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Preventing Whiplash

New vehicle head restraints and seat back designs are reducing whiplash, the most commonly reported injury in auto accidents, according to an insurance industry study being released Tuesday.

Traditionally, head restraints have been too low and far from a motorist's head to protect against whiplash in rear-end crashes. But recently many vehicle models have redesigned head restraints and seat backs to keep the motorist's head and torso moving together when the vehicle is hit from behind.

The Insurance Institute for Highway Safety examined injury claims for those models before and after the improved head restraints and seat backs were installed and found whiplash claims were cut by as much as one-half.

Whiplash is caused when muscles, ligaments and nerves in the head and neck are jerked suddenly, most commonly in rear-end collisions. Pain can last for as little as a few hours, but sometimes persists for years or even permanently.

The National Highway Traffic Safety Administration estimates more than 800,000 people get whiplash every year, and related costs total $5.2 billion.

Brian O'Neill, president of the institute, said many manufacturers ignored whiplash injuries for a long time, assuming many were bogus claims to get insurance money.

"There used to be a view this wasn't a real injury, that this was just the American legal system at work," he said. "Yes, we've got the fakes and the cheats and the exaggerators, but we've also got people with real injury that can last a long time."

The study examined 2,641 claims from Nationwide, Progressive and State Farm insurance companies for four new designs:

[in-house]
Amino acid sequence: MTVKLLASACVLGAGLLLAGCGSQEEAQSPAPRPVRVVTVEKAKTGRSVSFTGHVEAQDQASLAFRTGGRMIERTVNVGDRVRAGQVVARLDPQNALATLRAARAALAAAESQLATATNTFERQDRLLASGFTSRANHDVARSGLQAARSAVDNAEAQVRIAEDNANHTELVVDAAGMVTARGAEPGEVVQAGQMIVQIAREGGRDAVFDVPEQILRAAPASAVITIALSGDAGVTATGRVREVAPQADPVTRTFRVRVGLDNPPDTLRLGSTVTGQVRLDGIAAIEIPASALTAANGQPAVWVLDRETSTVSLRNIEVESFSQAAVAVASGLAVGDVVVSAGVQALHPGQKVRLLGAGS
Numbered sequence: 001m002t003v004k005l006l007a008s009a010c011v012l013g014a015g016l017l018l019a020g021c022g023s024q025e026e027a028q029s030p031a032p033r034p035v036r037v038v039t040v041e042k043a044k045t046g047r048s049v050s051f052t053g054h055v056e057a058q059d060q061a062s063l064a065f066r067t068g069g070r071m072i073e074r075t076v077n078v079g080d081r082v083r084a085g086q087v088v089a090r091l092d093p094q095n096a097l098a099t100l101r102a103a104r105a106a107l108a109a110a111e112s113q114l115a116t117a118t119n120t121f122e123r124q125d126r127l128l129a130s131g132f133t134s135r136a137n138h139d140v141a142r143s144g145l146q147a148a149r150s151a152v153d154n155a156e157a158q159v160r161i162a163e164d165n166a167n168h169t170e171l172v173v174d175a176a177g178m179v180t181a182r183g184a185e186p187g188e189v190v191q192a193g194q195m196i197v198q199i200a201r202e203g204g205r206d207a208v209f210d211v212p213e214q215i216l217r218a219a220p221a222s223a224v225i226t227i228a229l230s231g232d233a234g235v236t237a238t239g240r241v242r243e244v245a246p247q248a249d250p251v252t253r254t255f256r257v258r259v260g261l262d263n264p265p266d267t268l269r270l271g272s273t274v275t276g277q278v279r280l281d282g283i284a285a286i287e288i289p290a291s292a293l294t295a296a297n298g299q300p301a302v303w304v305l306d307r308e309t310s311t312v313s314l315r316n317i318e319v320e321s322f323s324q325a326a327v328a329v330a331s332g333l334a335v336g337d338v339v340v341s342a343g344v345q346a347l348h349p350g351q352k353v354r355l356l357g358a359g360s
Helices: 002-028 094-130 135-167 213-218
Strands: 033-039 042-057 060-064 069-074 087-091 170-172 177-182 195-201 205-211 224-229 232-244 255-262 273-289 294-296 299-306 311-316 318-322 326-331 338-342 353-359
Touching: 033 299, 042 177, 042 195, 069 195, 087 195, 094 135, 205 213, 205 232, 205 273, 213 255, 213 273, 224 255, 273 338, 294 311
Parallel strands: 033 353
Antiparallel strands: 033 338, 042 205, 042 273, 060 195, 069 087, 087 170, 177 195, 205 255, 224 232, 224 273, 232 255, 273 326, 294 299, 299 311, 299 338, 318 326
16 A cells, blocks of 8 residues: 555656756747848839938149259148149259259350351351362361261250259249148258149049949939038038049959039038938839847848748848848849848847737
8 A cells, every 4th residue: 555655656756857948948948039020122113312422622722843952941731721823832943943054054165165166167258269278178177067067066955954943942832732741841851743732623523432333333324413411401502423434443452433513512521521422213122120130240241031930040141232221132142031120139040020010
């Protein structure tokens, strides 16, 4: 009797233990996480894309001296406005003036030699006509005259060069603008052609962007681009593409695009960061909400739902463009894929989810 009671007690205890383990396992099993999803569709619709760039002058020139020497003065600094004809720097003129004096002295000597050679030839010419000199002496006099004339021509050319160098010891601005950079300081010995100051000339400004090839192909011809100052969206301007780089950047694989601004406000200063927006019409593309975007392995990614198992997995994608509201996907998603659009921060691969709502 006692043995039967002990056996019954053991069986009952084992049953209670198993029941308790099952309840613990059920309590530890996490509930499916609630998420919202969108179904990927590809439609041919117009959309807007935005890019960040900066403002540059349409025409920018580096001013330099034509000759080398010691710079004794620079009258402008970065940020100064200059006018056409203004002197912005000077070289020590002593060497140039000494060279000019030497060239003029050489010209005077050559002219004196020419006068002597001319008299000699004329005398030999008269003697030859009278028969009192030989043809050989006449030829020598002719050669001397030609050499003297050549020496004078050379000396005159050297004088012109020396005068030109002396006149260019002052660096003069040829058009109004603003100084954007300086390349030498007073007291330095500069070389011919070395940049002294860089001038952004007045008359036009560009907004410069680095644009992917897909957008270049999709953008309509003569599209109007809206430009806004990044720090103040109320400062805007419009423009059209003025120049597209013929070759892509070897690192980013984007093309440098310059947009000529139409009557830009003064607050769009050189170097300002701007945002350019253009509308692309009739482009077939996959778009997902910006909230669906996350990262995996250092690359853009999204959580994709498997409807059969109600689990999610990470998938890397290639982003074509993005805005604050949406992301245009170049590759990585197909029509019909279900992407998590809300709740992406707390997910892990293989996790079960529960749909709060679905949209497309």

• Saab's active head restraints automatically move upward toward the back of the head when an occupant's torso sinks back into the seat during a rear-end crash. Some vehicles made by General Motors and Nissan also have the active restraints, which reduced whiplash claims by 43 percent.
  • Restraints in the Ford Taurus and Mercury Sable are installed higher, closer to the back of most occupants' heads. Whiplash claims dropped 18 percent with this design.
  • Whiplash claims dropped 49 percent in the Volvo S70, which has higher head restraints and a special hinge at the bottom of the seat back that allows it to move back during a crash.
  • Toyota's seat is engineered to allow an occupant's body to sink farther into the seat back during a rear impact. The study found a 15 percent increase in whiplash injuries in the Toyota vehicles.
The Insurance Institute said there weren't enough claims for Toyota, Ford and Volvo to be statistically significant. Toyota says its internal tests show its improved system performs as well as or better than other systems cited in the study.

The institute says overall results are encouraging, especially for women. Women have higher rates of whiplash injury - some think it's because their neck muscles aren't as strong - and most of the reductions found in the study were among female crash victims.

NHTSA is in the process of updating its 32-year-old head restraint standard. The agency estimates that requiring automakers to install better restraints could eliminate more than 14,000 injuries a year.

By Nedra Pickler

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